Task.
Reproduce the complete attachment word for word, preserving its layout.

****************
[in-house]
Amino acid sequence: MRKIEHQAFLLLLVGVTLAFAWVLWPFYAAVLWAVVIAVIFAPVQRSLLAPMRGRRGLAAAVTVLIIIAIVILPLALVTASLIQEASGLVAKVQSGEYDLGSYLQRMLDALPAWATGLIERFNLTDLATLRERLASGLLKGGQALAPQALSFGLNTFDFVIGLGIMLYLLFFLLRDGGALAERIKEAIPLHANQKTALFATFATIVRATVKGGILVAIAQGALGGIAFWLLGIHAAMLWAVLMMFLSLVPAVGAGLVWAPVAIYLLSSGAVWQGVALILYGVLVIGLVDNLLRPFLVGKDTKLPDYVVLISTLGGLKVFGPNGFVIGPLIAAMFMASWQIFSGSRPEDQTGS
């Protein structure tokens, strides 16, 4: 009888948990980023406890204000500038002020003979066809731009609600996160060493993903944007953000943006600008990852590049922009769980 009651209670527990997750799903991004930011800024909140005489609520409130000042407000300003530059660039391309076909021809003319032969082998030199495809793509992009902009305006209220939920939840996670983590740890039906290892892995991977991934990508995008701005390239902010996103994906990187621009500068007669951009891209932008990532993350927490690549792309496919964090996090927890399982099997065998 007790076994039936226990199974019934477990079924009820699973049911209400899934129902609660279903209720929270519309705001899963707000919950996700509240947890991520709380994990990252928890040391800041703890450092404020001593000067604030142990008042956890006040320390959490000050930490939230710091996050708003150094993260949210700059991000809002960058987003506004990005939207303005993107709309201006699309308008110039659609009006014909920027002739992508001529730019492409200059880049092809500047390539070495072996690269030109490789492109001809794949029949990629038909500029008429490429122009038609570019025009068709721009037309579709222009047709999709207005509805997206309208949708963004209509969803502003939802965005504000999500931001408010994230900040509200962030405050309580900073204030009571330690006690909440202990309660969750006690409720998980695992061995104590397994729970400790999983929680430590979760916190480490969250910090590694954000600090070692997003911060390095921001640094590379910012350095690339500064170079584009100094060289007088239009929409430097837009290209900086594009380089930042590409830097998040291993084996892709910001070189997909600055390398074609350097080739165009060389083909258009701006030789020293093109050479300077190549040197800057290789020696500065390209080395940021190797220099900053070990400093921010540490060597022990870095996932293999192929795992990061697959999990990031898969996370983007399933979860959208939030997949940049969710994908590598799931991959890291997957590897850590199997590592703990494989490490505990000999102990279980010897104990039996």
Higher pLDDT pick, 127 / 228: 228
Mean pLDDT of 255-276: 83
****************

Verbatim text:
[in-house]
Amino acid sequence: MRKIEHQAFLLLLVGVTLAFAWVLWPFYAAVLWAVVIAVIFAPVQRSLLAPMRGRRGLAAAVTVLIIIAIVILPLALVTASLIQEASGLVAKVQSGEYDLGSYLQRMLDALPAWATGLIERFNLTDLATLRERLASGLLKGGQALAPQALSFGLNTFDFVIGLGIMLYLLFFLLRDGGALAERIKEAIPLHANQKTALFATFATIVRATVKGGILVAIAQGALGGIAFWLLGIHAAMLWAVLMMFLSLVPAVGAGLVWAPVAIYLLSSGAVWQGVALILYGVLVIGLVDNLLRPFLVGKDTKLPDYVVLISTLGGLKVFGPNGFVIGPLIAAMFMASWQIFSGSRPEDQTGS
């Protein structure tokens, strides 16, 4: 009888948990980023406890204000500038002020003979066809731009609600996160060493993903944007953000943006600008990852590049922009769980 009651209670527990997750799903991004930011800024909140005489609520409130000042407000300003530059660039391309076909021809003319032969082998030199495809793509992009902009305006209220939920939840996670983590740890039906290892892995991977991934990508995008701005390239902010996103994906990187621009500068007669951009891209932008990532993350927490690549792309496919964090996090927890399982099997065998 007790076994039936226990199974019934477990079924009820699973049911209400899934129902609660279903209720929270519309705001899963707000919950996700509240947890991520709380994990990252928890040391800041703890450092404020001593000067604030142990008042956890006040320390959490000050930490939230710091996050708003150094993260949210700059991000809002960058987003506004990005939207303005993107709309201006699309308008110039659609009006014909920027002739992508001529730019492409200059880049092809500047390539070495072996690269030109490789492109001809794949029949990629038909500029008429490429122009038609570019025009068709721009037309579709222009047709999709207005509805997206309208949708963004209509969803502003939802965005504000999500931001408010994230900040509200962030405050309580900073204030009571330690006690909440202990309660969750006690409720998980695992061995104590397994729970400790999983929680430590979760916190480490969250910090590694954000600090070692997003911060390095921001640094590379910012350095690339500064170079584009100094060289007088239009929409430097837009290209900086594009380089930042590409830097998040291993084996892709910001070189997909600055390398074609350097080739165009060389083909258009701006030789020293093109050479300077190549040197800057290789020696500065390209080395940021190797220099900053070990400093921010540490060597022990870095996932293999192929795992990061697959999990990031898969996370983007399933979860959208939030997949940049969710994908590598799931991959890291997957590897850590199997590592703990494989490490505990000999102990279980010897104990039996």
Higher pLDDT pick, 127 / 228: 228
Mean pLDDT of 255-276: 83